Japan’s media house, NHK, has officially revealed that a female journalist died from overwork in 2013.
Miwa Sado, a journalist working with a broadcaster’s centre in Tokyo, died of cognitive heart failure due to ‘karoshi‘ which translates into death from overwork. Sado was reported to have worked 159 hours of overtime with only two days-off in the month prior to her death.
Sado had been covering two busy elections at the time – one national and one regional – and had in fact emailed her father saying that she thought of quitting her job at least once in a day but needed to hang on. Masahiko Yamauchi, senior official at NHK’s News Department, said:
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“The incident was not a personal matter but a problem for our organization as a whole, including the labor system and how elections are covered.”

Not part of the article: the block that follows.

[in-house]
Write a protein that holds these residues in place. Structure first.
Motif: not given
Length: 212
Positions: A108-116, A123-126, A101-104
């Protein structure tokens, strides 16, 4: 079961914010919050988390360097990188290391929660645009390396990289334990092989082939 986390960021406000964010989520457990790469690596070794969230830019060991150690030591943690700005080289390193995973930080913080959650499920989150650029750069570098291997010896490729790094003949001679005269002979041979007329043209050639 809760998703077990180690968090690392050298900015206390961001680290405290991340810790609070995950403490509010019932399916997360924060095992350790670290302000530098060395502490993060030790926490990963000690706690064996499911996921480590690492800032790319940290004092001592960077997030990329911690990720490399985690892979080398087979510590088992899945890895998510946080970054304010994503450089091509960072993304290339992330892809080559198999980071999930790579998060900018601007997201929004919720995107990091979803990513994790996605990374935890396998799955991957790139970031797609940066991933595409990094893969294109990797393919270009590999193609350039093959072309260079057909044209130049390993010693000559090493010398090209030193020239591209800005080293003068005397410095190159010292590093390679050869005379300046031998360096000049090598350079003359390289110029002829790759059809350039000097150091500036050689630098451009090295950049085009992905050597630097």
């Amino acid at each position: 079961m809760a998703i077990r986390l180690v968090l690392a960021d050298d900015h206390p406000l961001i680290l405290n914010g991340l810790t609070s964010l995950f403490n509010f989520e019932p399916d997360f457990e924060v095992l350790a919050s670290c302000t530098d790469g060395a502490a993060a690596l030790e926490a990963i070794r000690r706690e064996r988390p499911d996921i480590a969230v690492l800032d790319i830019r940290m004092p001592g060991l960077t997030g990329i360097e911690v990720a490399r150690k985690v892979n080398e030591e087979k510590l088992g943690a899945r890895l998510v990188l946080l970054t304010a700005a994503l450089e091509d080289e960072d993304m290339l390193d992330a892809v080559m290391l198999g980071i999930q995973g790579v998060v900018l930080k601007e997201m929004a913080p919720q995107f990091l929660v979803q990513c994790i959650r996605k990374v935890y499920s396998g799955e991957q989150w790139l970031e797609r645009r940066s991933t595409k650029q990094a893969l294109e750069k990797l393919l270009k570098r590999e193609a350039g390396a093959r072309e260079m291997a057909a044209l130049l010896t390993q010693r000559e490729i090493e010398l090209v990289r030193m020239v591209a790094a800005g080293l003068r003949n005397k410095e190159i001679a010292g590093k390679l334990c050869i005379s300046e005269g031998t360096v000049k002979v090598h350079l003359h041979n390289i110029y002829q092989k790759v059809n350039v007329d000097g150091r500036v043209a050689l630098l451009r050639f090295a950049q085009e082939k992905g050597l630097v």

Prime Minister Shinzo Abe’s administration has been working hard to cap the overtime hours to 100 which, according to experts, is still an excess. In 2015, a new recruit died of stress and overwork in a Tokyo-based advertising firm which brought this matter to national attention.
In Japan, an average working day lasts anywhere from eight to nine hours. In October 2016, the government had published a survey concluding that more than one in five companies had employees who worked overtime more than 80 hours a month. It also revealed that 2,159 people committed suicide in 2015 due to work issues.
In Japan, it is a common practice to work long hours as many employers promote people who have worked efficiently.